Purple Haze

Only a few days after the iPhone 5 became available, people began reporting an issue with a mysterious 'purple haze' appearing in photos taken with a bright light source just outside of the frame. There has been a lot of speculation to what may be causing this phenomenon. Some theories revolve around sensor blooming and chromatic abberation, some speculation centers on the new sapphire glass element in front of the lens.

iPhone 5 - (Outdoors - mid-day sun) iPhone 4S - (Outdoors - mid-day sun)
iPhone 5 -  (Studio, artificial light) iPhone 4S -  (Studio, artificial light)

The so-called 'purple haze' issue is most obvious when the adjacent area to the flare is quite dark, which is a scenario that is actually quite common in low light situations where you may have a single bright lamp in an otherwise dark room. It can also be triggered by shooting towords the sun, or with any particularly bright light source at or just beyond the edge of the frame. So what's causing it? Here are some of the various explanations we've seen bandied around online. 

Is it sensor blooming?

No. Blooming happens when the intensity of the light reaching the sensor is so great that there is an overflow of electrons that spill over into adjcent pixels. This is not a satisfactory explanation for the iPhone 5's purple haze, since sensor blooming affects the entire imaging field, meaning that you'd see it associated with a bright highlight positioned anywhere in the image, not just towards the edges of the frame, as we're seeing in pictures from the iPhone 5.  

Look at the bright light at the top of the frame in this picture (not taken on an iPhone) - that's blooming.

Blooming is sometimes accompanied by vertical or horizontal purple lines, caused by electrons cascading between pixels during read out. Cameras with CCD sensors are more prone to blooming (the camera in this example is CCD) than the CMOS sensors found in the iPhone 4S and 5, and you're more likely to see it in video footage than stills.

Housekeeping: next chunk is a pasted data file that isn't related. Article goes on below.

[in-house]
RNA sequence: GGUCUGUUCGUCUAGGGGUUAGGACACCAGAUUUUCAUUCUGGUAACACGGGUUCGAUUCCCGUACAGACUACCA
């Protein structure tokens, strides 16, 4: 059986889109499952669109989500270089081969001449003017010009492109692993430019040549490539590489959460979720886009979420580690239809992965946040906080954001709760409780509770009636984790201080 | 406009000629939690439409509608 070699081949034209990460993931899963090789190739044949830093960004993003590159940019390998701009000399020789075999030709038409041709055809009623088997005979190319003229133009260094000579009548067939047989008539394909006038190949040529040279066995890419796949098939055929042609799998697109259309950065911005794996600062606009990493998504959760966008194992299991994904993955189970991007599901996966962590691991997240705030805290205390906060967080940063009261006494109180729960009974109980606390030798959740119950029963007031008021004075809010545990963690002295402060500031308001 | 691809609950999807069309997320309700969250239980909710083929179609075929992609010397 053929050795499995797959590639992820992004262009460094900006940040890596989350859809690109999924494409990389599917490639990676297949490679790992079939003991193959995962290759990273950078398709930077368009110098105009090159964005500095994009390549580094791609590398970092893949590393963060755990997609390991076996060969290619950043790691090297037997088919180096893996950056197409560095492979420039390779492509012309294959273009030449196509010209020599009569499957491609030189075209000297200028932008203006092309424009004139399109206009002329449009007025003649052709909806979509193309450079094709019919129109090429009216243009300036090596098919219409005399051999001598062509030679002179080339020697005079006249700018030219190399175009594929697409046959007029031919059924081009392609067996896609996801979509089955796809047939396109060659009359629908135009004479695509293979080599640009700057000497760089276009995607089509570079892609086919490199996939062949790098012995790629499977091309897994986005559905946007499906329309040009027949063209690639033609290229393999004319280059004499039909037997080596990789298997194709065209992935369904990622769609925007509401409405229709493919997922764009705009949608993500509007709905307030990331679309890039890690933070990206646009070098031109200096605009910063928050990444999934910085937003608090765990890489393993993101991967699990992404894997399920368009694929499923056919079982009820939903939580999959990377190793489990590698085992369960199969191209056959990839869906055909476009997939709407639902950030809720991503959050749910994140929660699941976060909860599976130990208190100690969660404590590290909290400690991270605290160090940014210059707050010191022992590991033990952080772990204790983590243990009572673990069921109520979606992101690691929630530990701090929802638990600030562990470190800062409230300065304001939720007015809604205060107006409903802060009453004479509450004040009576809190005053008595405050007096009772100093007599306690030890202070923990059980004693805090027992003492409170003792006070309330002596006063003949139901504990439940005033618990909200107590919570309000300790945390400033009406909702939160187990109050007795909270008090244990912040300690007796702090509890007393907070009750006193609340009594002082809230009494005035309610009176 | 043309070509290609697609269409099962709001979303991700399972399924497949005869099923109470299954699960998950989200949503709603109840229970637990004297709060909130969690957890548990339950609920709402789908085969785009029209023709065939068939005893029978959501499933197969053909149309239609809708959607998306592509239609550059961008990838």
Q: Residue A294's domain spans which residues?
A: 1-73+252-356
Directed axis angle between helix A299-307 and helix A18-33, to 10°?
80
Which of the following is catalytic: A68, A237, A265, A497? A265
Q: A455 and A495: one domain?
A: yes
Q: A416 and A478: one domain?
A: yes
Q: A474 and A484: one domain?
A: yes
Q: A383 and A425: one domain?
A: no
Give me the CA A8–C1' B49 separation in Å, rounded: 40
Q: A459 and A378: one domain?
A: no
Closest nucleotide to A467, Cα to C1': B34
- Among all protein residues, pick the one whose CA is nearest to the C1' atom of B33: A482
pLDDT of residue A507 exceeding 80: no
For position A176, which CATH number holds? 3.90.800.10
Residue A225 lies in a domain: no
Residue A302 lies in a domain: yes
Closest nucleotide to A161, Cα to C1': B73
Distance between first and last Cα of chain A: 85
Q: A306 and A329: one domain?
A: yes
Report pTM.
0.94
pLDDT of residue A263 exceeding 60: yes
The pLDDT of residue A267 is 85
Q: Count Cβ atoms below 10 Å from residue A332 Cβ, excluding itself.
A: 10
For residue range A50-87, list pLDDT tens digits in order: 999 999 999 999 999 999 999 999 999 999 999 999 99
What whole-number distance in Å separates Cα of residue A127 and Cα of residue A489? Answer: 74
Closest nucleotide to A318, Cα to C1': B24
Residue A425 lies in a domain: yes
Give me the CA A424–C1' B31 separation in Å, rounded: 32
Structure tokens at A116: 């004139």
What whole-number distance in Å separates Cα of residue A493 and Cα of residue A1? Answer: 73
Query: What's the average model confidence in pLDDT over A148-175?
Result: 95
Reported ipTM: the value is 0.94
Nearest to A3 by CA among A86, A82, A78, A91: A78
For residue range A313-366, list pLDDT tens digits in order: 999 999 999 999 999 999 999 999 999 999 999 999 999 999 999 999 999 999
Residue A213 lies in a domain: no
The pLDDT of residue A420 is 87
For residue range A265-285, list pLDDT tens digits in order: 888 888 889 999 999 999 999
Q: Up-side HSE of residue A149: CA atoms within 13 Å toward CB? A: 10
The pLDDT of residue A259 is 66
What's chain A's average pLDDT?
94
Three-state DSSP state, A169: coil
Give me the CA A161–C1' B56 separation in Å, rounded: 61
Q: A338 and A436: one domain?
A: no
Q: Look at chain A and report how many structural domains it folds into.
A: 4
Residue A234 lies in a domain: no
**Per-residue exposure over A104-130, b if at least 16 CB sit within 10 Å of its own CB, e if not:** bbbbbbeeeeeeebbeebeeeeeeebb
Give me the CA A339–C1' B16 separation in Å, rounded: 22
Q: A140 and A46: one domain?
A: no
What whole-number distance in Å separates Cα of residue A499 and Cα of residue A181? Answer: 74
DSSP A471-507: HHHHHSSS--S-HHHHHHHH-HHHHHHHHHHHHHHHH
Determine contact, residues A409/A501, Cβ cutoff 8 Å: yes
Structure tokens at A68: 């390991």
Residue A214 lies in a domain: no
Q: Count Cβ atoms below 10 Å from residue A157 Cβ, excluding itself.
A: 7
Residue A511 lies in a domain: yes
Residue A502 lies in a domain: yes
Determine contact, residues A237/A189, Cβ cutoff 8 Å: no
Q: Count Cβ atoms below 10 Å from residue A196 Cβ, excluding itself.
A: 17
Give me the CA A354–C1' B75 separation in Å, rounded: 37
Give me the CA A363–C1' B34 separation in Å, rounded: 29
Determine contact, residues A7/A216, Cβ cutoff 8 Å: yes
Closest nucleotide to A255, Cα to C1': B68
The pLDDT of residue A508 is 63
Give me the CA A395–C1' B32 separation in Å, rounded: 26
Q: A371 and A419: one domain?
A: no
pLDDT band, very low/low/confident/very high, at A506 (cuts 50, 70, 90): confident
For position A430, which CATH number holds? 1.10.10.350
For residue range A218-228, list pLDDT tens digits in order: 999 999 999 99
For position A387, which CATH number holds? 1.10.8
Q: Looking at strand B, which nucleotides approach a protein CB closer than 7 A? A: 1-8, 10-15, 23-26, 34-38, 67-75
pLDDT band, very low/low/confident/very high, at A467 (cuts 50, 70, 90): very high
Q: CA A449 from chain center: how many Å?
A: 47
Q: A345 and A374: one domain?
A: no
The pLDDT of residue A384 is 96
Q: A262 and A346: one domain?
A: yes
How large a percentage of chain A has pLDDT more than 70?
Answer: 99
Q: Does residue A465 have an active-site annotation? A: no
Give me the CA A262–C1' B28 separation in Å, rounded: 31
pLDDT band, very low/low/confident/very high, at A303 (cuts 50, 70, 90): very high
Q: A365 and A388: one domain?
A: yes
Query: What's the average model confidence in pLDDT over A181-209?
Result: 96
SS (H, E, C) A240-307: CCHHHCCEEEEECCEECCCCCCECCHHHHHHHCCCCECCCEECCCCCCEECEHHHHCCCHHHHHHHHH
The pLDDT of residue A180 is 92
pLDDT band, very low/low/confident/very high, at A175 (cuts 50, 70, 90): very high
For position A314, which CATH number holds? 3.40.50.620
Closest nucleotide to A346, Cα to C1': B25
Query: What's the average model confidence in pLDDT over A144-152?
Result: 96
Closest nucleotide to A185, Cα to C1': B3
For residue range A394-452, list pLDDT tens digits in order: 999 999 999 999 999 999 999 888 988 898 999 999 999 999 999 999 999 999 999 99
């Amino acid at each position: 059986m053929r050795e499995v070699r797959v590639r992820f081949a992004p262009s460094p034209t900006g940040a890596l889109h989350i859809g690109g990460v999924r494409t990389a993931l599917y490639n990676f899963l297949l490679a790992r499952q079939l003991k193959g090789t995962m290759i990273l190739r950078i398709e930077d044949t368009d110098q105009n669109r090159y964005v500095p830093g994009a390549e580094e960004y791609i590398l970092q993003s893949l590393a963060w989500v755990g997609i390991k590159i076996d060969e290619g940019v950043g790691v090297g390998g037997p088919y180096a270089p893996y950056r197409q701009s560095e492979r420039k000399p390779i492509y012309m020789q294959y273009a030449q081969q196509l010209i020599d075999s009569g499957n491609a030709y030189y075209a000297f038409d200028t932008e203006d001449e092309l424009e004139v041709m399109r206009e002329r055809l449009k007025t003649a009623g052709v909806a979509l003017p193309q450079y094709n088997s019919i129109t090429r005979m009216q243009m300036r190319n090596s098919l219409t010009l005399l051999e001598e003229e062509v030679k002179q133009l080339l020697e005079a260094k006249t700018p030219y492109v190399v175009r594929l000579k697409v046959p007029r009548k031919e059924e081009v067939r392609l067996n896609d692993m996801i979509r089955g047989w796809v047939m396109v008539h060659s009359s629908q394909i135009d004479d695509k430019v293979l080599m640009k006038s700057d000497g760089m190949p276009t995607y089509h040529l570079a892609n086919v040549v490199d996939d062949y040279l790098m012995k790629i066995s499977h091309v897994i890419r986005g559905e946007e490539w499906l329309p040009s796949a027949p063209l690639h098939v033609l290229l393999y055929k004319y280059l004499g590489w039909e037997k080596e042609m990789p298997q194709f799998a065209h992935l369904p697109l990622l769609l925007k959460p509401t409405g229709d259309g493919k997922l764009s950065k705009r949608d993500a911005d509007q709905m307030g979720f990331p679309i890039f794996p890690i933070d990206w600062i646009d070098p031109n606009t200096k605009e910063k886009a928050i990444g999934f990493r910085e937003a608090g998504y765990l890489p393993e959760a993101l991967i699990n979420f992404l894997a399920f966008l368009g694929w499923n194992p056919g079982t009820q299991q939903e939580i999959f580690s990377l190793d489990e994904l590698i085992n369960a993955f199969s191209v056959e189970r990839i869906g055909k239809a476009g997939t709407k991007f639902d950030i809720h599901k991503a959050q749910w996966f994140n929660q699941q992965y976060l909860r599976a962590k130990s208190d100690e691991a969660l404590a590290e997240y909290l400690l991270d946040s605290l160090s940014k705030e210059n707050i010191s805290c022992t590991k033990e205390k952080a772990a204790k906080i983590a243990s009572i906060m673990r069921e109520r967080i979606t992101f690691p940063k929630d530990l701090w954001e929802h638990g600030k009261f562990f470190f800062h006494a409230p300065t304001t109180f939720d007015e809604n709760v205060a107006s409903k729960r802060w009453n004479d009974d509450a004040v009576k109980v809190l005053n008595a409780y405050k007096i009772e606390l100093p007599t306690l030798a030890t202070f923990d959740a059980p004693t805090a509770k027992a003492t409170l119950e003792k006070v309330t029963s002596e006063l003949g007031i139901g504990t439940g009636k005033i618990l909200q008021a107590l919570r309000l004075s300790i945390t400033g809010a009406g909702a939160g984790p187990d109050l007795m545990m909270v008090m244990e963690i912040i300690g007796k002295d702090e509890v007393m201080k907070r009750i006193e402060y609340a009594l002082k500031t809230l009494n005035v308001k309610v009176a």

Is it chromatic abberation?

No, definitely not. Typically visible towards the edges of the frame especially in images taken using wideangle lenses, CA takes the appearance of a green-and-magenta or blue-and-yellow 'fringing' around peripheral scene elements. It looks nothing like the iPhone 5's purple haze.

Is it because the iPhone 5's sensor is really sensitive to infrared light, like the Leica M8?

No, it isn't. This is one of the more outlandish suggestions that we've seen proposed, but still...

Leica's first digital rangefinder, the M8, was exceptionally sensitive to infrared light. Among other things, this meant that the camera tended to make black fabric appear purple, in images. Leica eventually solved the problem by shipping screw-in IR filters to M8 owners. 

We included this shot in our review of the M8, published back in 2007. The camera bag should be black, but has been rendered as a bruised purple.

Long-time readers of this site will remember that the Leica M8's sensor was exceptionally sensitive to IR light which among other consequences meant that it had a nasty habit of turning black man-made fabrics purple. Leica ultimately 'fixed' the issue by sending M8 owners screw-in IR filters to attach to their lenses. 

Is it internal reflections / Lens flare?

Almost certainly, yes. The most likely cause of the iPhone 5's purple haze is probably lens flare and internal reflections in the camera lens assembly. All lenses are succeptable to lens flare to some degree, and as you can see from the images at the top of this page, the iPhone 4S isn't immune either (ditto the iPhone 4 and competitive smartphones from other manufacturers).

But in our shooting we've found that it's a little more noticeable on the iPhone 5. So why is that? It's unlikely that the flare is solely due to the much-vaunted inclusion of a sapphire glass lens cover (although the refractive index of the sapphire glass is different to conventional optical glass, so it could be a contributing factor). Our money is on it being caused by a combination of different things, none of which, alone, is unique to the iPhone 5. 

Here you can see the camera module of the iPhone 5 (on the left) and the 4S. As you can see, the front element of each is coated, but whether the coatings are different we have no way of knowing.  Apple uses sapphire glass to protect the iPhone's camera, which is incredibly tough and scratch-resistant. Could this new glass increase the iPhone 5's propensity to lens flare? Possibly.

[Images: iFixit.com]

The primary way that lens manufacturers prevent lens flare is to coat the glass elements in an anti-reflective coating. The iPhone 5's lens elements are coated, but we don't know if the coatings are identical to those used in the iPhone 4S's lens. Maybe the sapphire glass has to be coated differently - we don't know. And we won't know, unless Apple releases a more in-depth statement about the technology. 

Really, our advice is not to worry. Just do what you should do anyway, and avoid putting bright lights near the edge of the frame when shooting.